24 September, 2019 By: Wendy Caccetta
With holidays-for-one a growing trend, we look at how lone travellers are being catered for and meet some Aussies who are happy to be rolling solo.
Janice Waugh and her husband had always travelled together, but when he passed away in 2006 and their children had left home, she became a solo traveller.
Not finding the support she wanted online, she launched her own resource and has become an international expert in the art of holidaying alone.
Today her Solo Traveler website has readers around the world and its Solo Travel Society Facebook page has nearly a quarter of a million followers.
She says travelling alone has well and truly thrown off any stigmas. “The continued growth of solo travel has surprised me somewhat,” says Toronto based Waugh. “It continues to be identified as a travel trend year after year.”
Who's travelling solo?
According to Tourism WA, just over two million overnight leisure visitors within and to WA last year travelled solo. Most were West Australians (72 per cent), 18 per cent were international visitors and 10 per cent were from other states. And the authority says the number is on the rise.
Since 2014, solo traveller numbers have grown an annual average of 2.6 per cent, with almost half of all international travellers, a quarter of interstate visitors, and 21 per cent of locals going it alone, a WA Tourism spokesperson says.
The biggest percentage of solo travellers (41 per cent) are aged 15 to 34, followed by the over 55s (33 per cent) with those aged 35 to 54 accounting for 26 per cent.
Women are also just as likely to travel alone as men, with Tourism WA figures showing the sexes evenly matched.
Catering to solo travellers
As the number of solo travellers continues to grow, the industry has begun to respond.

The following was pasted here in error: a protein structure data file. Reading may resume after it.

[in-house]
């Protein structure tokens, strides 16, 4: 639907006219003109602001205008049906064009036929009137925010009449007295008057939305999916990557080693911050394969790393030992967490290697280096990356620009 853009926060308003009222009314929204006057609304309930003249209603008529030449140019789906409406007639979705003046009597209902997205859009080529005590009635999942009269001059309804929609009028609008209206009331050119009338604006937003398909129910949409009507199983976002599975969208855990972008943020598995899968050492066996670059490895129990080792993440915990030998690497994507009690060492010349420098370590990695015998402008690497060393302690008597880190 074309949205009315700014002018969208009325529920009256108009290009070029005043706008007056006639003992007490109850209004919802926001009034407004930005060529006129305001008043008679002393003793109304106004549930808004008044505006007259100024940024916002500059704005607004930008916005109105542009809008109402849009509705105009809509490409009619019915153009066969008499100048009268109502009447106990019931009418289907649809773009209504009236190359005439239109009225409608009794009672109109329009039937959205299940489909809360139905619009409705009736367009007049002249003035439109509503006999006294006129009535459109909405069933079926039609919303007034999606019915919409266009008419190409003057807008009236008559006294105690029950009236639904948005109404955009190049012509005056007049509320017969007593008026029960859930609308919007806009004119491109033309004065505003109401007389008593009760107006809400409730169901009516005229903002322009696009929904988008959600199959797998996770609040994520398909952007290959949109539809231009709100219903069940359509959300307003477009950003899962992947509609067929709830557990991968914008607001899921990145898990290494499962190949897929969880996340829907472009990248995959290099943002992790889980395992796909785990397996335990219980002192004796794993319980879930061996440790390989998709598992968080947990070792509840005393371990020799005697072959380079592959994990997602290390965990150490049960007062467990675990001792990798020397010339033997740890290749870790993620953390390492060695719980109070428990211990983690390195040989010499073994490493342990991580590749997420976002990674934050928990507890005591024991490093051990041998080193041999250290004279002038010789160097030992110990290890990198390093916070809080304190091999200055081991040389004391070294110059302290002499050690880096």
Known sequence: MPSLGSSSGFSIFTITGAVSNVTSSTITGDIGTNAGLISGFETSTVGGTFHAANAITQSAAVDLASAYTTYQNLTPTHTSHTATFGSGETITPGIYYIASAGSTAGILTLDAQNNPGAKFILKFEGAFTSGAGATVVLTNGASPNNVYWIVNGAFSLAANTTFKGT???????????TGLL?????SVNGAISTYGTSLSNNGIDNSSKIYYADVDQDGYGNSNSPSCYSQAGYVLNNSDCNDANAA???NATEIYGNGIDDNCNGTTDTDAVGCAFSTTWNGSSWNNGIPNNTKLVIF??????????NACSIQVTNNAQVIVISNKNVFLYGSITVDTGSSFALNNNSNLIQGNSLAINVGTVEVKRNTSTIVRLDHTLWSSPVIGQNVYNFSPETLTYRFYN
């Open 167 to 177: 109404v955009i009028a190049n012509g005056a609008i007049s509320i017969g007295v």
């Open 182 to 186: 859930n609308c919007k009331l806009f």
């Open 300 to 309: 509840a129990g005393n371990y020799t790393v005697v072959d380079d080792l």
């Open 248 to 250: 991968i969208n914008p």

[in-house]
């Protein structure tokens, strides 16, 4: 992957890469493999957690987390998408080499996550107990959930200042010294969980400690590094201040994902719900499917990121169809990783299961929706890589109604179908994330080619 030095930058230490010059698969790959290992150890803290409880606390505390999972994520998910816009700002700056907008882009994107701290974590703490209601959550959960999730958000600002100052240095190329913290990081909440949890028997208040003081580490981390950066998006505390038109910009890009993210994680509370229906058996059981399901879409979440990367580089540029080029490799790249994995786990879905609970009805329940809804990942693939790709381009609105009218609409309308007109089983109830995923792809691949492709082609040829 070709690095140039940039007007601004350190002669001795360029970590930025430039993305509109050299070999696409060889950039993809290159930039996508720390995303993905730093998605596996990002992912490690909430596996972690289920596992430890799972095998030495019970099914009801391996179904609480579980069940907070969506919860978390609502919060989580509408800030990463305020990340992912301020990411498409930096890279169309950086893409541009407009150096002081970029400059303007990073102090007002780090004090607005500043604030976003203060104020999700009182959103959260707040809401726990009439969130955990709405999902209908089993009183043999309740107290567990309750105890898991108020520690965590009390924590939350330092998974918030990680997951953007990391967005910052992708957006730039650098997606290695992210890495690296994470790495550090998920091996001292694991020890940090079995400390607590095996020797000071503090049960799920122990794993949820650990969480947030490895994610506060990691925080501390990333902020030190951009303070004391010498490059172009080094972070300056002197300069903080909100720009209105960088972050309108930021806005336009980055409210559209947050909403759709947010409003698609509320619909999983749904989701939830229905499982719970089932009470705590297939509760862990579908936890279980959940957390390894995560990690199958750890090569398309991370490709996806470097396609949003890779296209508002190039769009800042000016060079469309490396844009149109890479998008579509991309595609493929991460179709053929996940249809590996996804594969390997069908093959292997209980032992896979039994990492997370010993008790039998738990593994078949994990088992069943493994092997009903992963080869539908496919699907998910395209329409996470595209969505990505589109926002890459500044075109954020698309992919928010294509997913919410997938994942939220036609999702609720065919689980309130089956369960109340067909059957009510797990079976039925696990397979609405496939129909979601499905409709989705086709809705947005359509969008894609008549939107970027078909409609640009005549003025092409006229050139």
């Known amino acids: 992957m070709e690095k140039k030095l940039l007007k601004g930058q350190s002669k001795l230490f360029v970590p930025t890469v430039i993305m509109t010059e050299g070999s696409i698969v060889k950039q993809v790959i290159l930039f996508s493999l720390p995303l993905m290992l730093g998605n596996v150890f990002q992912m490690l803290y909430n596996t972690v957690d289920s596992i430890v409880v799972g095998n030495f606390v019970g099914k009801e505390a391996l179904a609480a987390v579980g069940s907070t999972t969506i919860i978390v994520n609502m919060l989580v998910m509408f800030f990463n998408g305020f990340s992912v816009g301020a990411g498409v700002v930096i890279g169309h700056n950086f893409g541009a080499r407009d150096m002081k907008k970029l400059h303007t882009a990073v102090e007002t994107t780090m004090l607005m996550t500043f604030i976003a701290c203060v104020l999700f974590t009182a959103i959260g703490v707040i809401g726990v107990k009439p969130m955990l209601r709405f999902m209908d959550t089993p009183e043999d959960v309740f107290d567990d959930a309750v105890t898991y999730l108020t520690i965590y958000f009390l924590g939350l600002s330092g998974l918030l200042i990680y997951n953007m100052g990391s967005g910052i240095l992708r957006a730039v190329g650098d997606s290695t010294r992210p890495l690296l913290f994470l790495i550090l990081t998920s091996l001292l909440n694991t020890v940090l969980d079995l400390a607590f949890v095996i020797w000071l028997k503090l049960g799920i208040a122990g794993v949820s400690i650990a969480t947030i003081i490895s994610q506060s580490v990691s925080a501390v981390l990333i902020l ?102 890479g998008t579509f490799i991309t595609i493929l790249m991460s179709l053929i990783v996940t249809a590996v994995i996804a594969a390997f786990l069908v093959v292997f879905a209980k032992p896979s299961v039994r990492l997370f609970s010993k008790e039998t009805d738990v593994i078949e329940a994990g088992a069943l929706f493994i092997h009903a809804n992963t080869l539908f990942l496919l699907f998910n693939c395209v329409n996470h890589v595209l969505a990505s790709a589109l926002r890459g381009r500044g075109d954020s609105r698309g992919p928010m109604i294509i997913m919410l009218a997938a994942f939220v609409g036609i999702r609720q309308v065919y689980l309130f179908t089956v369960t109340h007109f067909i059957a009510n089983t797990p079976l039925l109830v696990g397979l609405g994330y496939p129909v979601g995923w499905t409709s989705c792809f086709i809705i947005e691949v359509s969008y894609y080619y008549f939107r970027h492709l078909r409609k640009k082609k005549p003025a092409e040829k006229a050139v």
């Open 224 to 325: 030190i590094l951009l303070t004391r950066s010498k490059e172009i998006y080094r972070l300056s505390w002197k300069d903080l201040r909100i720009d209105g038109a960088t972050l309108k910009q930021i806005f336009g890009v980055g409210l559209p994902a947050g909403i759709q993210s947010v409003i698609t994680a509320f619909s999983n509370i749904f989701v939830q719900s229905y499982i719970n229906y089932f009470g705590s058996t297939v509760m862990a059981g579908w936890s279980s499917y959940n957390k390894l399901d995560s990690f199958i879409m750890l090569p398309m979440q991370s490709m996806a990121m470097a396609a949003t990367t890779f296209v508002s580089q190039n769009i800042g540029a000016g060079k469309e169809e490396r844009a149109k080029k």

Specialist travel agencies and group tours have sprung up specially tailored for those planning a holiday for one.
Some tours and cruises have begun to waive costly single supplements — the premiums charged for solo travellers when they take a room alone — or keep them to a minimum.
Others have rooms or cabins which solo travellers can share with other lone travellers to keep costs down.
Like other travellers, Waugh says those travelling alone are looking for a full range of experiences from adventure to culture to food and wine. Many simply like the freedom of travelling on their own.
"The difference is whether people want to join a tour or go completely independently," she says. "About half of solo travellers choose to travel in a group on some trips."
The sisterhood of the travelling vans
One of the most visible solo traveller trends has been on our roads.
Four years ago, Sydney mother and grandmother Michelle Lang, 45, started a Facebook page for women who share her love of camping and enjoy taking to the roads on their own.
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Today Rolling Solo Australia has 2000 members who keep in touch through their own app, providing camaraderie and support to each other. Lang has plans to take the network to New Zealand.
“I don’t know if there are just more women on the road travelling, or more are coming out of their shell because they are seeing other women travelling,” she says.
“I guess our group has a big flow on effect. Once they hear about it they say, ‘I can’t believe there are so many women into the same thing as me’. “I think camping has changed for a lot of people. It’s Australia’s holiday now and it’s something women aren’t scared to do on their own.”